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The Gallic War & The Civil War: Historical Account of Caesar's Military Campaign in Gaul & The Roman Civil War

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Length: 480 pages8 hours

Summary

"The Commentaries on the Gallic War" is Julius Caesar's firsthand account of the Gallic Wars, written as a third-person narrative. In it Caesar describes the battles and intrigues that took place in the nine years he spent fighting the Germanic peoples and Celtic peoples in Gaul that opposed Roman conquest. The Gallic Wars were a series of military campaigns waged by the Roman proconsul Julius Caesar against several Gallic tribes. Rome's war against the Gallic tribes lasted from 58 BC to 50 BC and culminated in the decisive Battle of Alesia in 52 BC, in which a complete Roman victory resulted in the expansion of the Roman Republic over the whole of Gaul (mainly present-day France and Belgium).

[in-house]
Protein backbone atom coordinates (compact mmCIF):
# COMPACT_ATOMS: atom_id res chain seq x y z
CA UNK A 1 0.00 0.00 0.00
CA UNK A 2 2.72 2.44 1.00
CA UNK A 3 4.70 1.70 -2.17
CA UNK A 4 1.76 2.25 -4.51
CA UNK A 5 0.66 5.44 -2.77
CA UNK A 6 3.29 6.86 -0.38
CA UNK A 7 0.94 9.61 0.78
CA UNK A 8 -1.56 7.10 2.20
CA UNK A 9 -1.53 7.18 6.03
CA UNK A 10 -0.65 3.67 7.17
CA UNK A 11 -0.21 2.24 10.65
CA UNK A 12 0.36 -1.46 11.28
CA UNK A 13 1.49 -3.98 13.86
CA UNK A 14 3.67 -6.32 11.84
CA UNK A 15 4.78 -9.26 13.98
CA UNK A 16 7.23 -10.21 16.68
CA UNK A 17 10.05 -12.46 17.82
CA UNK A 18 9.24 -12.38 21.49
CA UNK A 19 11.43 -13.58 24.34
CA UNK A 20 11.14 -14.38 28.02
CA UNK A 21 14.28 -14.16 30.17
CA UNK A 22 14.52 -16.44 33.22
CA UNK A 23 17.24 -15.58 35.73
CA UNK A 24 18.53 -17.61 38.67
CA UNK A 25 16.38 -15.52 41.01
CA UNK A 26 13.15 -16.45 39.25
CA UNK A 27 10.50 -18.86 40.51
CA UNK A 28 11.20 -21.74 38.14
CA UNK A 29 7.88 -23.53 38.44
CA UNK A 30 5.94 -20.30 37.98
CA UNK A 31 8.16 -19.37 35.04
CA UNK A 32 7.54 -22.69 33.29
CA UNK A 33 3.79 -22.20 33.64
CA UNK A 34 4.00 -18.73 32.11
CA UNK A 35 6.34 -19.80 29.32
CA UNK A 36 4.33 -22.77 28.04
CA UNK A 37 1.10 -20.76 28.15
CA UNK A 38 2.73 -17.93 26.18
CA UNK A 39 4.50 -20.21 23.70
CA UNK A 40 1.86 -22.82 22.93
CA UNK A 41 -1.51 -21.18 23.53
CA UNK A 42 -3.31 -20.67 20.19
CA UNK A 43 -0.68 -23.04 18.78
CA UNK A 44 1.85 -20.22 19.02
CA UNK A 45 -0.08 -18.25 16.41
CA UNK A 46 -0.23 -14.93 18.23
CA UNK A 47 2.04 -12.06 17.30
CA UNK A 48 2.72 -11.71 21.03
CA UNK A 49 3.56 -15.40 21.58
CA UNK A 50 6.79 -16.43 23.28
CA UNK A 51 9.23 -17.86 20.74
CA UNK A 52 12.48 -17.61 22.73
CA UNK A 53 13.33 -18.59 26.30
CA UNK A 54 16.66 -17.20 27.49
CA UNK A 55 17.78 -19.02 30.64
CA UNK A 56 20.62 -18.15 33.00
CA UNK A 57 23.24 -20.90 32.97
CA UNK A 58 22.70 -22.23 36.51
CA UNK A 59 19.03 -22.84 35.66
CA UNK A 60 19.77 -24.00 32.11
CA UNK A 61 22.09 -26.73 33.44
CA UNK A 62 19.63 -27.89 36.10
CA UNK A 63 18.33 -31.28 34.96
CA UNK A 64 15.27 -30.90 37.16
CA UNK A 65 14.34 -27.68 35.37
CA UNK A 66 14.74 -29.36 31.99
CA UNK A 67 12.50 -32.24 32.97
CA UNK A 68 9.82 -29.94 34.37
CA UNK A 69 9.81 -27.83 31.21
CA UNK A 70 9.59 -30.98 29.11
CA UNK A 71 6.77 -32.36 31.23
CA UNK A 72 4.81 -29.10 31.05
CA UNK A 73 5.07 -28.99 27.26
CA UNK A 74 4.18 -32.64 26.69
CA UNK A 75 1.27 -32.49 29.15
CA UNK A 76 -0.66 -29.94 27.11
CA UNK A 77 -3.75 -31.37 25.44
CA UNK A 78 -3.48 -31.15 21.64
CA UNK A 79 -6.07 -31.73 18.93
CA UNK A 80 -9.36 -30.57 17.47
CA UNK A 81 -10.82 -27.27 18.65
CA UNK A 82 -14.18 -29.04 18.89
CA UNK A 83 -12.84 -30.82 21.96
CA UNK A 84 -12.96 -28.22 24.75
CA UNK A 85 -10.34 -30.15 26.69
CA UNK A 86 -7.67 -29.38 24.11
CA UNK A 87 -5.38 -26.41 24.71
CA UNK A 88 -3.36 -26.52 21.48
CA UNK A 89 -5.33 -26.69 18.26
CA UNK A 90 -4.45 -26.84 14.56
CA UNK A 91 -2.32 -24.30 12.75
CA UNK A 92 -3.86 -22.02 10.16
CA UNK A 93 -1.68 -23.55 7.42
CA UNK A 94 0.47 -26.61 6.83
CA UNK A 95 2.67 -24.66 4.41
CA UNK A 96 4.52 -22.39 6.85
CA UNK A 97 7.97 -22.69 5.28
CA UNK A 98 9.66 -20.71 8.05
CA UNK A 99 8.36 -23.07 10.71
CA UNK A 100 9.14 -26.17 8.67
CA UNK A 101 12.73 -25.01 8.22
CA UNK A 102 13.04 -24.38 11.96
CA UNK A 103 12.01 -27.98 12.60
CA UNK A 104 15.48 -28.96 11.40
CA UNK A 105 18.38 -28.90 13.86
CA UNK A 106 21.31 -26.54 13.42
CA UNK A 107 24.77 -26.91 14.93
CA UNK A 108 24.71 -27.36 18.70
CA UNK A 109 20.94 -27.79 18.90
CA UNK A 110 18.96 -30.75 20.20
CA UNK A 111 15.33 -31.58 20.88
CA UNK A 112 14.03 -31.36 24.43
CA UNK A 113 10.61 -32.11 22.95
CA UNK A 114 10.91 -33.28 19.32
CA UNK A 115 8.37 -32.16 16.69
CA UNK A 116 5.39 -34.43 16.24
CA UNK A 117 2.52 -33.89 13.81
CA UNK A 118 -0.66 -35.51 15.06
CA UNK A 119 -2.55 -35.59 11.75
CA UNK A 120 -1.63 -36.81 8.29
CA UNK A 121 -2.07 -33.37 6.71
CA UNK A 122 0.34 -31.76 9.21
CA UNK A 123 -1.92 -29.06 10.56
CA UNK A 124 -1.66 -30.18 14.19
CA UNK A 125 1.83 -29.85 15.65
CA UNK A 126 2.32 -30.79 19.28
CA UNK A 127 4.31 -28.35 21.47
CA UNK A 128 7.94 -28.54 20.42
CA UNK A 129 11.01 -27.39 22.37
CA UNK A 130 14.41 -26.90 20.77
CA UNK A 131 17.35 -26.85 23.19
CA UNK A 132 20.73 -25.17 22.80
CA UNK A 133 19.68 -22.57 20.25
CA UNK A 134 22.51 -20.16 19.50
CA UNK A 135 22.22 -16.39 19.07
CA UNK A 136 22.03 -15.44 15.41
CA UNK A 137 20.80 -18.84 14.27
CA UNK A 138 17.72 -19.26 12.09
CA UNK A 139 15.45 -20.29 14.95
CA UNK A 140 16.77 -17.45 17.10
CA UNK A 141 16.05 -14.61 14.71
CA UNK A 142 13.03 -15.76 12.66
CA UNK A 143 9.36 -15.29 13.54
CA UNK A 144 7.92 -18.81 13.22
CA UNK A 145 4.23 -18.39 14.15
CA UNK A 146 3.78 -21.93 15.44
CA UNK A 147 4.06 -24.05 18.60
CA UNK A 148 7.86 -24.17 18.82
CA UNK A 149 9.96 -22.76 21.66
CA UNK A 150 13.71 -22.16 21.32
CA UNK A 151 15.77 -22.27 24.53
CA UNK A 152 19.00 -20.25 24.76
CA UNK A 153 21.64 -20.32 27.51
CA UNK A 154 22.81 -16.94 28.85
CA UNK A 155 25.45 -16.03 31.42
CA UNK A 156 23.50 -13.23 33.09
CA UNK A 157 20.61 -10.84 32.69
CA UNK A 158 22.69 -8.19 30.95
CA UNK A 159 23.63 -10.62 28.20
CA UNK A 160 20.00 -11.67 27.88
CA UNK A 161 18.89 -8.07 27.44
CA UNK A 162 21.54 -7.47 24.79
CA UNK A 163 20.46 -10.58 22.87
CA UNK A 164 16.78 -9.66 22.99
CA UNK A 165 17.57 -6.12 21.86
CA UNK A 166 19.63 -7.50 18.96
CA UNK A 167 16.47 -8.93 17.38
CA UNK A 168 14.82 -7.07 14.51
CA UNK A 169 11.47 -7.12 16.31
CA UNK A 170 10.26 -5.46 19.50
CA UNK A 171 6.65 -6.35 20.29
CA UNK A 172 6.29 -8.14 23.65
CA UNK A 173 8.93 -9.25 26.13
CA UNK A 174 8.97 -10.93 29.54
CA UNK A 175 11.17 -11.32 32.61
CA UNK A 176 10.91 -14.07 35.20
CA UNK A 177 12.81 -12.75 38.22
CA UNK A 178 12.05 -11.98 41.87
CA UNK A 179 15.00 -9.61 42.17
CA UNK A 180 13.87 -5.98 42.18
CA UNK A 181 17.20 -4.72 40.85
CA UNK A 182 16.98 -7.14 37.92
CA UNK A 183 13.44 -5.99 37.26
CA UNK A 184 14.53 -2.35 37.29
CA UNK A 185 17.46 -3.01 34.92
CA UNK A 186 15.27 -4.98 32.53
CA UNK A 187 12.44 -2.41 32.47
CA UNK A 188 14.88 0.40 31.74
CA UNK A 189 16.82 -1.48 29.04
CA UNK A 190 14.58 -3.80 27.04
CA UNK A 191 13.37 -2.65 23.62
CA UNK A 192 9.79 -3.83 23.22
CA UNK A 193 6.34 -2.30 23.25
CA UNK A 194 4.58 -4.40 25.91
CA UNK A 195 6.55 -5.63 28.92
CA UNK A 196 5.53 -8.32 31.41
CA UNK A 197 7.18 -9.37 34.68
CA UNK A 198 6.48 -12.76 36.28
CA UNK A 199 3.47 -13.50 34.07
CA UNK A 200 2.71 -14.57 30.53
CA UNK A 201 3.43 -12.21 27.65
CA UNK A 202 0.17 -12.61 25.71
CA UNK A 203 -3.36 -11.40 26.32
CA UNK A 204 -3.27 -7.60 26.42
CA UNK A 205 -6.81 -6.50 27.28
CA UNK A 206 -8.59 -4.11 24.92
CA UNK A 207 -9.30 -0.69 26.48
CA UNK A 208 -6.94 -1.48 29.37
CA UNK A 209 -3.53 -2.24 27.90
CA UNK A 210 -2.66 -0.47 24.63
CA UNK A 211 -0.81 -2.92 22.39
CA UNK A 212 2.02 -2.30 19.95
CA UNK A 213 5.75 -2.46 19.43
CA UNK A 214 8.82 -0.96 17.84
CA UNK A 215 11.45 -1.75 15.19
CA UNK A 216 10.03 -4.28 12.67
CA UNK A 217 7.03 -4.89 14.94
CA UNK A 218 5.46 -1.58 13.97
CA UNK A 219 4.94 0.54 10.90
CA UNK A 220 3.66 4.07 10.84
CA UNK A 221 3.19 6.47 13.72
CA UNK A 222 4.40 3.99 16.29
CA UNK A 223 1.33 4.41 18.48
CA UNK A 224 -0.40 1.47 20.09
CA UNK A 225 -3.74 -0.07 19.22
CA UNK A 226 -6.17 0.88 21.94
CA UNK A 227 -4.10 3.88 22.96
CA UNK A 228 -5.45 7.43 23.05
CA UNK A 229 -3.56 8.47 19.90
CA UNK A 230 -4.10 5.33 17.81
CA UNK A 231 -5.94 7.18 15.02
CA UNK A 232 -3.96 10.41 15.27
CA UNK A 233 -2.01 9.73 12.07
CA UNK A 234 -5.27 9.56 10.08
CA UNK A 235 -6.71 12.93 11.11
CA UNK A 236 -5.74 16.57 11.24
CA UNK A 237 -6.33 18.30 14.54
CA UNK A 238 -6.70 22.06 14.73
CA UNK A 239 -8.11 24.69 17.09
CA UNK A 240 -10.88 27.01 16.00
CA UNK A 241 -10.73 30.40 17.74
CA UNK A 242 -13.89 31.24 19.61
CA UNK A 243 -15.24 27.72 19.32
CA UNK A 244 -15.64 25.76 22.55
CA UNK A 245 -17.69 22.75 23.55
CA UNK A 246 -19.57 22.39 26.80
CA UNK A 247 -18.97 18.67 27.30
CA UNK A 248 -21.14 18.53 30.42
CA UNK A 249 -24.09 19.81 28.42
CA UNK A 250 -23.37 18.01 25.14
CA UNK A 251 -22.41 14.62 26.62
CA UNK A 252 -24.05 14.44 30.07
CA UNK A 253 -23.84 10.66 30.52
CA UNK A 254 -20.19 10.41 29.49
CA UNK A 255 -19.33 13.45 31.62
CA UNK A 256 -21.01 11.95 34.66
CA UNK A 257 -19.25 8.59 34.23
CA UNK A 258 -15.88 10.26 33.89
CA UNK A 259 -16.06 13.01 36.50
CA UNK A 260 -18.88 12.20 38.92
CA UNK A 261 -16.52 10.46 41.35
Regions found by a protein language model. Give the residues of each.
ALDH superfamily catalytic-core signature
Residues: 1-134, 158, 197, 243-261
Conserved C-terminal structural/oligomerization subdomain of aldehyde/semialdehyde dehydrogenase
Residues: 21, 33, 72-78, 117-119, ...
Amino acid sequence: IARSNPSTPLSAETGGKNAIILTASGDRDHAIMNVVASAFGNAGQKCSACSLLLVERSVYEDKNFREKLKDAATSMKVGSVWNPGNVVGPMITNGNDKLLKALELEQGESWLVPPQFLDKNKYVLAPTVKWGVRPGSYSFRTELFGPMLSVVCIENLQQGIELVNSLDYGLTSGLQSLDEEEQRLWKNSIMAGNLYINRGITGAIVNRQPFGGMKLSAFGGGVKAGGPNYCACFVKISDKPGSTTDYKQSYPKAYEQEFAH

"The Commentaries on the Civil War" is an account written by Julius Caesar of his war against Gnaeus Pompeius and the Senate. It covers the events of 49-48 BC, from shortly before Caesar's invasion of Italy to Pompey's defeat at the Battle of Pharsalus and flight to Egypt with Caesar in pursuit. It closes with Pompey assassinated, Caesar attempting to mediate rival claims to the Egyptian throne, and the beginning of the Alexandrian War.

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